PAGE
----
574 posted on 02/16/2006 5:59:28 AM PST by PayNoAttentionManBehindCurtain (Never under estimate the power of stupid people in a large group:)
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Oh, snap! She uses two pounds of ground beef. That’s double the pounds of ground beef right there. I wonder if there’s a way to top even this recipe…? Wait, THREE pounds of ground beef; I’ll get to work on that immediately. But notice the Ro-Tel again — that’s a canned tomato-pepper thing that’s made of tacos (because it’s ‘Mexican’) — and also note the simple Christian faith in believing that opening a bunch of cans of stuff and mixing it together equals cooking.

“So you say, ‘that’s it; I got to leave this place;
I dont care what these people think,
I’m just sittin’ here makin myself nauseous,
With this ugly food that stinks.’
So you bust out the door while it’s still closed,
Still sick from the food you ate,
And then you run to the store for quick relief,
From a bottle of Ka-o-pectate…”

I want to interject here that the recipes we sent to Kathy were super-simple and inexpensive, and each demands less than 15 minutes of time, total. We’re not all like, shaving frickin’ truffles here or anything — you just start with good ingredients and treat them well, and good food results. But there’s the Freeper dinner bell again, and that means more Ro-Tel, ‘ranch-style’ things, and Cream-of-X soups:


Awesome MS.B! Love to share some recipes, and here’s a favorite!


1 can cream of mushroom soup
1 can cream of chicken soup
1 can Rotel tomatoes
1 pt. sour cream
2 c. shredded Monterey Jack cheese
2 c. shredded sharp cheddar cheese
3 c. cooked chicken
1 lg. onion, chopped
1 green pepper, chopped
12 corn tortillas, cut into sm. pieces
1 can chicken broth

Soak tortilla pieces in chicken broth. Combine mushroom soup, chicken soup, Rotel tomatoes, cooked chicken, onion and green pepper. In large baking dish layer soup mixture, tortillas, sour cream, and cheeses. Bake at 350 degrees for 30 minutes. Serves 6.

To: laurenmarlowe

Thank you Lauren!
(and a *HUG*)

49 posted on 02/15/2006 7:08:26 PM PST by MS.BEHAVIN (Women who behave rarely make history)
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Right, just dump it all in there. There are actual fresh vegetables in this one, and soaking the tortilla pieces pretty much counts as ‘prep’ (along with actually chopping the onion and green pepper), so it at least waves in the general direction of cooking. This next one is never going to make it because even though it follows the rule of blopping stuff together, it doesn’t have nearly enough ground beef:


Fry 1 1/2lbs lean ground beef w/garlic salt, chilli powder, then drain
Use large pot, add several cans tomato sauce and tomato juice to thin it (like it not too thick)
Add sliced mushrooms, more chillipowder
Add browned ground beef, cook for a while longer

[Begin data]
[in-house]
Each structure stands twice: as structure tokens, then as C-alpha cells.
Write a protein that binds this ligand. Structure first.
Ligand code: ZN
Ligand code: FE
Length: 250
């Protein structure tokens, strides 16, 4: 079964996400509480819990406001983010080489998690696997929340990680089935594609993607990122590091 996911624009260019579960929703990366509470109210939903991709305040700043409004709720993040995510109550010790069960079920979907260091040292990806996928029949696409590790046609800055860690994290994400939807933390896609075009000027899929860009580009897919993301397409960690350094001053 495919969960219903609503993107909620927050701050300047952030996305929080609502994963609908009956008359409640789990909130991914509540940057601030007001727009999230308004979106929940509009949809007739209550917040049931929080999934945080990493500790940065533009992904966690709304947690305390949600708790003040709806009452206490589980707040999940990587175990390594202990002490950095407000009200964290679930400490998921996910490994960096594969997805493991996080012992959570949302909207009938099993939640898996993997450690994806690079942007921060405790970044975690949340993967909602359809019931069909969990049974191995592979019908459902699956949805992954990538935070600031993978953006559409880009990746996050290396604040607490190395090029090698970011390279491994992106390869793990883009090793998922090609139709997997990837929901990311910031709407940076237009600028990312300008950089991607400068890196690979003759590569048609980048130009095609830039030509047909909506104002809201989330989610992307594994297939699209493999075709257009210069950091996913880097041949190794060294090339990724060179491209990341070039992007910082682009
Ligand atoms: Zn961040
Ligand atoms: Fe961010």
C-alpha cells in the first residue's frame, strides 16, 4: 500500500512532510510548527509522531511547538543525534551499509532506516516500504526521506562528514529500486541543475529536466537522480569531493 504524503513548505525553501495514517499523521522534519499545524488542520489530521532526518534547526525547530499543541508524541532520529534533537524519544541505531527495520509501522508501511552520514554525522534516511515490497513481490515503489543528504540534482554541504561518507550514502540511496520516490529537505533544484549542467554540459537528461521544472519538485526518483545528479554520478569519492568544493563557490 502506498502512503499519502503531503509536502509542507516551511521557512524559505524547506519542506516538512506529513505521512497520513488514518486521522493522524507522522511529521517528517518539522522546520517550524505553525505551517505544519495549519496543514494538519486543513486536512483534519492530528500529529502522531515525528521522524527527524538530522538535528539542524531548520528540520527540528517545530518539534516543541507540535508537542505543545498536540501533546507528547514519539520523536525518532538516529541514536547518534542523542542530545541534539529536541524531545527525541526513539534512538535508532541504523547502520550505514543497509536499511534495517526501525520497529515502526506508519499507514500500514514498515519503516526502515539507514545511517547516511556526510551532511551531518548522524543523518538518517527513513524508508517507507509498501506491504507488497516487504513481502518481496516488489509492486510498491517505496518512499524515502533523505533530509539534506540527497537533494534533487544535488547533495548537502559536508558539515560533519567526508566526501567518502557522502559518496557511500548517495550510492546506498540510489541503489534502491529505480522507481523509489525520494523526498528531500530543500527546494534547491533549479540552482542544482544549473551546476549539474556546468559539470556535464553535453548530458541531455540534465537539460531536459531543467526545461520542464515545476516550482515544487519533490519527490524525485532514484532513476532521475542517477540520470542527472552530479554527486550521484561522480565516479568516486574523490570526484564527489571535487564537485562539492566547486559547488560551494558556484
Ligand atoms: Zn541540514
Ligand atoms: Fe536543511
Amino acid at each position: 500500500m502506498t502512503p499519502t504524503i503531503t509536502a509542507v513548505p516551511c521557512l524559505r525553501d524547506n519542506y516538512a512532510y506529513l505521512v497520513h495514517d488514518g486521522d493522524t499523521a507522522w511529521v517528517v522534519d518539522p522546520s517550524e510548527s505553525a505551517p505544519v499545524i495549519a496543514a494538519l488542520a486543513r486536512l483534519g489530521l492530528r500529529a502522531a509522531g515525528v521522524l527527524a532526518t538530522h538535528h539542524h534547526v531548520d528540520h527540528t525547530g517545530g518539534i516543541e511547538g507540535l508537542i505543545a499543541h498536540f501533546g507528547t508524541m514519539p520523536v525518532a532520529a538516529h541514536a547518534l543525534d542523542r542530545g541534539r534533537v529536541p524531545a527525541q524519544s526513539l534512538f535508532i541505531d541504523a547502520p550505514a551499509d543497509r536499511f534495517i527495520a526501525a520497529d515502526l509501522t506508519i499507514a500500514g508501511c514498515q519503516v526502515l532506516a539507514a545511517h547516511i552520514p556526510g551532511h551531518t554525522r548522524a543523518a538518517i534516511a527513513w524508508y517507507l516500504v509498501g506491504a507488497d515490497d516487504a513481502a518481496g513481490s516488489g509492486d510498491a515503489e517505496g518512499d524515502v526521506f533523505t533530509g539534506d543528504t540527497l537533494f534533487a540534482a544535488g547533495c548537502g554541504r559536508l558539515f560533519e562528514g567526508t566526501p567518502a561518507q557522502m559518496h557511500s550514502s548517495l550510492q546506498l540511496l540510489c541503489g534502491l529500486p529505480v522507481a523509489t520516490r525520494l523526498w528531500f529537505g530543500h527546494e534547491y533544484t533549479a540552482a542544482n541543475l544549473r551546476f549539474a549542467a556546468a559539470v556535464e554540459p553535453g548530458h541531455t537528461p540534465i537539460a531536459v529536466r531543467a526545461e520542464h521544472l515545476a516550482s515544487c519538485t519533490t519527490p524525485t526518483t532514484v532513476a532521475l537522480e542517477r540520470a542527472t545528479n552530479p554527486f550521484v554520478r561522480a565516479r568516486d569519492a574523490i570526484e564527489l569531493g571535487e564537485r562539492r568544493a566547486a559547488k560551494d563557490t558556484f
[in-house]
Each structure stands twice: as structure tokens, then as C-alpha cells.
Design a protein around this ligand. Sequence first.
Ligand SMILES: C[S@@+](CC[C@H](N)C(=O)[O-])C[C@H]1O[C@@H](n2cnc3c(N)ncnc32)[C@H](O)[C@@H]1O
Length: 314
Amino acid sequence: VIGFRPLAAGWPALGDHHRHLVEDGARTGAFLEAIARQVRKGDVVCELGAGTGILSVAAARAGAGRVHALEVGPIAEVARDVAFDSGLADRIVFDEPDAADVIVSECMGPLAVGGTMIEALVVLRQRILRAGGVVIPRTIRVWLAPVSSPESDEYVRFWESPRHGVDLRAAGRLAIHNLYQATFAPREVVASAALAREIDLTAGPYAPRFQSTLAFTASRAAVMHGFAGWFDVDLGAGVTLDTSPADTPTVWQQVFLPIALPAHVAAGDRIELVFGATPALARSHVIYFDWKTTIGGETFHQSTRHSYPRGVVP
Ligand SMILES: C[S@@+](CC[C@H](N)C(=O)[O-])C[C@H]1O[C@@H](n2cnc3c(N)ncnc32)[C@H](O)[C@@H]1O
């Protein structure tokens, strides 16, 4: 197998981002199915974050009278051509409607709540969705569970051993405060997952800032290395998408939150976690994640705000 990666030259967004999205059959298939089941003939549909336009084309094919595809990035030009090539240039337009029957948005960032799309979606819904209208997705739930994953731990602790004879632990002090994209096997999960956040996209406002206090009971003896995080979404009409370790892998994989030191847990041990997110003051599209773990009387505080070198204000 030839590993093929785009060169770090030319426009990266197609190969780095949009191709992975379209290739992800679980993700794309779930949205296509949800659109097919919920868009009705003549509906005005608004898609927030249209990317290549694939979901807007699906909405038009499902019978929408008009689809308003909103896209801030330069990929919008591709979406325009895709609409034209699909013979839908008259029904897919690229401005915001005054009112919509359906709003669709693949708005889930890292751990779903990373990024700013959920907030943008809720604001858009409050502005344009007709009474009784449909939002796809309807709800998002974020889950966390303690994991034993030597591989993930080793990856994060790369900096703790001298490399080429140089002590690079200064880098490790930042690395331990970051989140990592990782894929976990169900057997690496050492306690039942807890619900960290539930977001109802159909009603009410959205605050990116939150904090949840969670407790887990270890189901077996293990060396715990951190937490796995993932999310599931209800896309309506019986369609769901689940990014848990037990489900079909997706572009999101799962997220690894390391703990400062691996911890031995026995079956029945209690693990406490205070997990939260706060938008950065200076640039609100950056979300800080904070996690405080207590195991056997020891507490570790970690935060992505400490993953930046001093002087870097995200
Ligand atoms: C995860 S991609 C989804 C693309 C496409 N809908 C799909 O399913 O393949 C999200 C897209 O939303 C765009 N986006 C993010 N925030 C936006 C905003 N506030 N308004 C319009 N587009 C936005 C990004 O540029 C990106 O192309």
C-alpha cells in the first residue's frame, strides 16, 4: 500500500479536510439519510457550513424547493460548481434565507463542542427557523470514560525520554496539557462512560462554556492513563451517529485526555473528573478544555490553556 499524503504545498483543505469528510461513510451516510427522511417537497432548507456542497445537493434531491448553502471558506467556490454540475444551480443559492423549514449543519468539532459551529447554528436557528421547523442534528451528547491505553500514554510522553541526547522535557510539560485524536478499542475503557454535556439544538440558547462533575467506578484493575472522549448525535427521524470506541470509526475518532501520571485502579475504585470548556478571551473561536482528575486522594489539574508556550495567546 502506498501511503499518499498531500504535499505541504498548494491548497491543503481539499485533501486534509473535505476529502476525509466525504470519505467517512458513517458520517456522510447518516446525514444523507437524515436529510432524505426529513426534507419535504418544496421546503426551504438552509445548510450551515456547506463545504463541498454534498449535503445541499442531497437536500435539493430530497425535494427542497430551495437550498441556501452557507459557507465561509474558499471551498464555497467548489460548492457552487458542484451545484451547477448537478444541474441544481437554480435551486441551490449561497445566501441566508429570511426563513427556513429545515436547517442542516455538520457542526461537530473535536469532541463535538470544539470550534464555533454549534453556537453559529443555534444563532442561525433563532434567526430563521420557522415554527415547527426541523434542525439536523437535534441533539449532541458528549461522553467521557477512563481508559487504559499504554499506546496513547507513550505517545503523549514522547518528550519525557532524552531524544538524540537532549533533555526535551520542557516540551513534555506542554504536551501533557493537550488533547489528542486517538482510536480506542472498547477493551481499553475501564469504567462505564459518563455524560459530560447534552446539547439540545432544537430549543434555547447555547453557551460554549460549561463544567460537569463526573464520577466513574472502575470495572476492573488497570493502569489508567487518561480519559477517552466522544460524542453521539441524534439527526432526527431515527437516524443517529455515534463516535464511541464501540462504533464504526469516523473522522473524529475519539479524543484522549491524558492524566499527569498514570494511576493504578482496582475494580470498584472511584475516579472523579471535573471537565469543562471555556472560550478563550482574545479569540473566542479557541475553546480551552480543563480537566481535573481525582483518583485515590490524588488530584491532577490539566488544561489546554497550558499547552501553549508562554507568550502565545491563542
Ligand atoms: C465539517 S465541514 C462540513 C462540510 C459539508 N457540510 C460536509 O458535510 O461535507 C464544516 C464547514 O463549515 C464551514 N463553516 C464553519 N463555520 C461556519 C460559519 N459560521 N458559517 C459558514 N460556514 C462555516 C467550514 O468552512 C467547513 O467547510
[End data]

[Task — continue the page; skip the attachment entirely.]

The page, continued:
Boil spagetti, mix it all together

Add parmesan cheese on finished product. Eat it with tortilas or garlic bread. You can add spagetti to any chilli, but I find it works better with thin sauced chilli.
113 posted on 02/15/2006 7:34:58 PM PST by umgud (uncompassionate conservative)
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For extra deliciousness, add more ground beef, Campbell’s cream-of-mushroom soup, a layer of Tater Tots, and some hot dogs.

Chili-spaghetti hybrid: Purina Drunk Chow.

Now, this is true: My dad claims to have invented chili-mac, and he’s been proven right about so many wacky claims like that over the years that I almost believe him. Myself, I invented the Everything Bagel while working as a teenage bagel-baker in a bagel place. Somebody else probably invented it independently, but at the time, no such thing had ever been heard of in the bagel community, until one morning when I went totally wild and damn-the-torpedoes and put all the stuff at once on a batch of bagels — which debuted to a stunned and suspicious, but intrigued clientele, sometime probably in the winter of 1987. I’d like to say as a food-inventor coming from an alleged line of food-inventors that putting chili together with spaghetti is a kind of notion that seems super-excellent when you’re drunk, otherwise not so much — and maybe some people make it all the time between episodes of pounding on each other with empty liquor bottles, but elbow noodles are clearly the way to go in constructing such a thing, if that’s what you want to do. Imagine macaroni and cheese, only made with spaghetti. See? That wouldn’t be right at all, would it? It would be too spaghetti-ey. Even if you sprinkled crumbled bacon on it or whatever, gussying it up, you simply can’t blithely create chimeras like that and expect the laws of nature not to catch up with you. I mean, what’s next — taco soup?

To: umgud; mylife; SandRat

I’ve never serves pasta with chili!
Aren’t we getting great recipes, guys?